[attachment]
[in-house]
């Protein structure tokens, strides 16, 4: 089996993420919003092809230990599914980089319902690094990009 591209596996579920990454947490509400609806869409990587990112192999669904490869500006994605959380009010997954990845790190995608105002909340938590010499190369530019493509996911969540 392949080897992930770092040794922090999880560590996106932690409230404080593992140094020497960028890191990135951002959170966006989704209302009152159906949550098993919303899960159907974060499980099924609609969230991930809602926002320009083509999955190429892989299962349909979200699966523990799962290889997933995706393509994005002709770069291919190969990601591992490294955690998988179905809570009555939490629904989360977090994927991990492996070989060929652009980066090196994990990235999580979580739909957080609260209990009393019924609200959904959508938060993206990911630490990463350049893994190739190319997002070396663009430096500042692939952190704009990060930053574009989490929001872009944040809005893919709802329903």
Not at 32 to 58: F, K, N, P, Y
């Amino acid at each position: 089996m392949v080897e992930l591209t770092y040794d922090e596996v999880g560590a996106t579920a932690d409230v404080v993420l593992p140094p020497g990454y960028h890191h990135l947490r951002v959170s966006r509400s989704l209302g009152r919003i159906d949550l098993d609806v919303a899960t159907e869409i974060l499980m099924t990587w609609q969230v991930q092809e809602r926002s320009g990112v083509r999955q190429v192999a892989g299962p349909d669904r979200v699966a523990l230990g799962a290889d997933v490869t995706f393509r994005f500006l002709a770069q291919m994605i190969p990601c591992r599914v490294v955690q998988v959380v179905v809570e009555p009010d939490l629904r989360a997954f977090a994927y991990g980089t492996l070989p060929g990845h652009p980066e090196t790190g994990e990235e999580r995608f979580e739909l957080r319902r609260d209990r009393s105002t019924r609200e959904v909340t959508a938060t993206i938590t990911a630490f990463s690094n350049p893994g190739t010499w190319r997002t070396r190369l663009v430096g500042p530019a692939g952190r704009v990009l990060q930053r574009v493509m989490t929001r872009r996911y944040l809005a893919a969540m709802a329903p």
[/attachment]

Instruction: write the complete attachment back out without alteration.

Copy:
[in-house]
């Protein structure tokens, strides 16, 4: 089996993420919003092809230990599914980089319902690094990009 591209596996579920990454947490509400609806869409990587990112192999669904490869500006994605959380009010997954990845790190995608105002909340938590010499190369530019493509996911969540 392949080897992930770092040794922090999880560590996106932690409230404080593992140094020497960028890191990135951002959170966006989704209302009152159906949550098993919303899960159907974060499980099924609609969230991930809602926002320009083509999955190429892989299962349909979200699966523990799962290889997933995706393509994005002709770069291919190969990601591992490294955690998988179905809570009555939490629904989360977090994927991990492996070989060929652009980066090196994990990235999580979580739909957080609260209990009393019924609200959904959508938060993206990911630490990463350049893994190739190319997002070396663009430096500042692939952190704009990060930053574009989490929001872009944040809005893919709802329903």
Not at 32 to 58: F, K, N, P, Y
């Amino acid at each position: 089996m392949v080897e992930l591209t770092y040794d922090e596996v999880g560590a996106t579920a932690d409230v404080v993420l593992p140094p020497g990454y960028h890191h990135l947490r951002v959170s966006r509400s989704l209302g009152r919003i159906d949550l098993d609806v919303a899960t159907e869409i974060l499980m099924t990587w609609q969230v991930q092809e809602r926002s320009g990112v083509r999955q190429v192999a892989g299962p349909d669904r979200v699966a523990l230990g799962a290889d997933v490869t995706f393509r994005f500006l002709a770069q291919m994605i190969p990601c591992r599914v490294v955690q998988v959380v179905v809570e009555p009010d939490l629904r989360a997954f977090a994927y991990g980089t492996l070989p060929g990845h652009p980066e090196t790190g994990e990235e999580r995608f979580e739909l957080r319902r609260d209990r009393s105002t019924r609200e959904v909340t959508a938060t993206i938590t990911a630490f990463s690094n350049p893994g190739t010499w190319r997002t070396r190369l663009v430096g500042p530019a692939g952190r704009v990009l990060q930053r574009v493509m989490t929001r872009r996911y944040l809005a893919a969540m709802a329903p």